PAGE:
VeggieBoards banner
1 - 13 of 13 Posts

·
Registered
Joined
·
157 Posts
Discussion Starter · #1 ·
Just had an interesting conversation with a nephew's wife the other day:

Her: We're thinking of getting a dog for the kids
Me: Yeah, dog's are great, but can be a lot of trouble
Her: I know, but you see when I was young we always had dogs and animals
and I always loved animals, so I suppose I should get one for our kids.
Me: You always loved animals?
Her: Oh yeah, I always loved all animals.
Me: That's interesting, why do you keep eating them then?
Her: (silence) followed by strange look, then, I don't eat dogs!
Me: Yeah, but you said you loved all animals, so why would you keep
eating them?
Her: (silence again) followed by embarrassed look, then, but everybody
eats animals!
Me: I don't.

After this, my wife, (another omnivore), sort of made a joke about it and the subject was changed.

Just wondered had anyone else ever had an encounter like this? and what was the outcome.
Needless to say, the lady in question now gives me a wide berth!
 

·
Registered
Joined
·
44 Posts
Yes, I had a similar conversation with a co-worker a few months ago. She and her partner had found some abandoned, starving horses on a hilltop. They went to great lengths to save them. They posted pictures & requests for help on FB and I thought this was very admirable of them. When I saw her at work, she was still talking about it, and was clearly very upset about the horses being mistreated. I said "so does this make you think about switching to vegetarianism?" She answered "Why would it?"

I asked her if she would've felt the same way if they had found abandoned, starving cows instead of horses? She said, "probably, but I'm not going to stop eating them."

I just walked away, the flaws in her logic were way too much to deal with. I had truly hoped the experience had changed her views on eating meat. Left me wondering if she really even cared about those poor horses or if she just helped them to get attention and to have people say "oh that's so awesome of you!" which I suspect is the reason people say they love animals when they really only love them when they can get something out of it.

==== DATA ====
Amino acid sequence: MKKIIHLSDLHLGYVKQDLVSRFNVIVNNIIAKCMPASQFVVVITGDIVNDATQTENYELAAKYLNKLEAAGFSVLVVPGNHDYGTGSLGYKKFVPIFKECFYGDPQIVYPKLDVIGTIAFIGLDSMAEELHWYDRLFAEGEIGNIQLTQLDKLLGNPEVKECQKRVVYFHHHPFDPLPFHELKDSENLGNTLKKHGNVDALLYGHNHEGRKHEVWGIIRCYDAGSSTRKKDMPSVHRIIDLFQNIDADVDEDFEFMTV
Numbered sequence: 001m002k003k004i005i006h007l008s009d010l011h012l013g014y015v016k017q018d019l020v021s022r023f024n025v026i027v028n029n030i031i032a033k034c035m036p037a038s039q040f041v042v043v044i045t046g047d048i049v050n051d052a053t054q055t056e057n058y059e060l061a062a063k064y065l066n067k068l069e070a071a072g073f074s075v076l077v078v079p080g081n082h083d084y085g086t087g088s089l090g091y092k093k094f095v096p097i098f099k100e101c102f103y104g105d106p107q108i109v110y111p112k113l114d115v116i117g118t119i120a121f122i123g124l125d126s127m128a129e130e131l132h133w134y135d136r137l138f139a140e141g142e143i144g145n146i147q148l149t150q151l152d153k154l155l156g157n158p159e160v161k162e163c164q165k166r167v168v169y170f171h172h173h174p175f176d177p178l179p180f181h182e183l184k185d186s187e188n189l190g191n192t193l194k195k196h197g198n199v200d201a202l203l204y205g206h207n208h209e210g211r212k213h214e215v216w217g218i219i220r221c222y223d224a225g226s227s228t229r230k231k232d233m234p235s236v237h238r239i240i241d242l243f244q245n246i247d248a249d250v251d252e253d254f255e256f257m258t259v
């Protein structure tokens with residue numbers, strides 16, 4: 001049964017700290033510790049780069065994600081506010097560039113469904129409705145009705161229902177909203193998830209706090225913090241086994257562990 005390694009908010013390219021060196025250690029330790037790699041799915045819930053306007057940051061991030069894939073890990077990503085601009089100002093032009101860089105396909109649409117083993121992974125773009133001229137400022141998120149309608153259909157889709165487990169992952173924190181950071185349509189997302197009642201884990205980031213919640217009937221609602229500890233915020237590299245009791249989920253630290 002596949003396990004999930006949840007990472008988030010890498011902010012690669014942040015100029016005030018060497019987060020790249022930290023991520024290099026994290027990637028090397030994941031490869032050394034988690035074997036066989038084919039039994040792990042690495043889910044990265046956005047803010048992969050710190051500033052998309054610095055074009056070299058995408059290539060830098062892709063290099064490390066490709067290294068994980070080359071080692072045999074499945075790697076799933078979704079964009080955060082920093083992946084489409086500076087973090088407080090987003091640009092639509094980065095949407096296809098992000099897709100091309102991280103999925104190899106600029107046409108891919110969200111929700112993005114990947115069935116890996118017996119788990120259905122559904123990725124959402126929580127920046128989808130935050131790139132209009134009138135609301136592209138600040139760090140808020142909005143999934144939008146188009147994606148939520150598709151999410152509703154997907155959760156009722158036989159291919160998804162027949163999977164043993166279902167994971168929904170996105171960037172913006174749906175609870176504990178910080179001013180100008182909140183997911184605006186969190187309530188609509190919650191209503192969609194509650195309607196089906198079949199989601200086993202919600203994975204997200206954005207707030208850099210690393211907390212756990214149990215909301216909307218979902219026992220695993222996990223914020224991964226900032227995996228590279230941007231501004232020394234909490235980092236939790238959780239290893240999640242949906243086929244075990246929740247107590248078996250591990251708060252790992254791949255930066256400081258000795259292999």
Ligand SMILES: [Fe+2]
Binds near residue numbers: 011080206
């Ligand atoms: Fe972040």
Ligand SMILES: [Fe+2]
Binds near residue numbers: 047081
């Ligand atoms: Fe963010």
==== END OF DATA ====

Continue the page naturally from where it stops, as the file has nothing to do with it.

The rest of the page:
·
Registered
Joined
·
642 Posts
I always like to think that experiences like that can change people or get them to rethink how they view other animals, unfortunately it doesn't seem to happen all that often. I first started to seriously consider these things when my family began keeping chickens. It was an eye opener that these animals really weren't any different from our dog or cat or rabbit. I gave up chicken right away, but having pet chickens while eating others for dinner didn't seem to bother the rest of the family, even though they all call themselves animal lovers.
 

·
Ankle Biter
Joined
·
9,333 Posts
I honestly think we're the lucky ones. I like having a clear, uncompromisable conscious when it comes to my relationship with animals.
 

·
Banned
Joined
·
3,131 Posts
I don't like to do things like that that might put them on the defensive.
I see people like that as possible converts but instead of preaching I try to subliminally encourage or inspire them to become vegetarian or vegan. Like I'll be eating something, especially things like fake meat that they might think won't be as good as omni food, and say, "Yum, this is so good!", or say something like, "I feel so great, I have so much energy, especially since I stopped eating meat!". Also, they have thought about vegetarianism in the back of their head, so breaking down that wall they may put up between veg*ns and omnivores is a great way to subconsciously change the way they think. For example, teach them it's easy to be vegetarian or vegan by saying something like, "Oh, that's my favorite food! I love to vegetarianize/veganize it!" if they mention a meat dish that they ate and liked or if your eating the same foods together say something like, "Yum, isn't this good?" or something like that to draw attention to the fact that your eating the same thing so they'll know, at least in the back of their heads, that good, common foods are vegetarian or vegan. This is especially helpful with me when I'm at school and eating the same thing as friends, like a peanut butter and jelly sandwich from the cafeteria.
 

·
Registered
Joined
·
157 Posts
Discussion Starter · #6 ·
Quote:
Originally Posted by disney.jessica View Post

I don't like to do things like that that might put them on the defensive.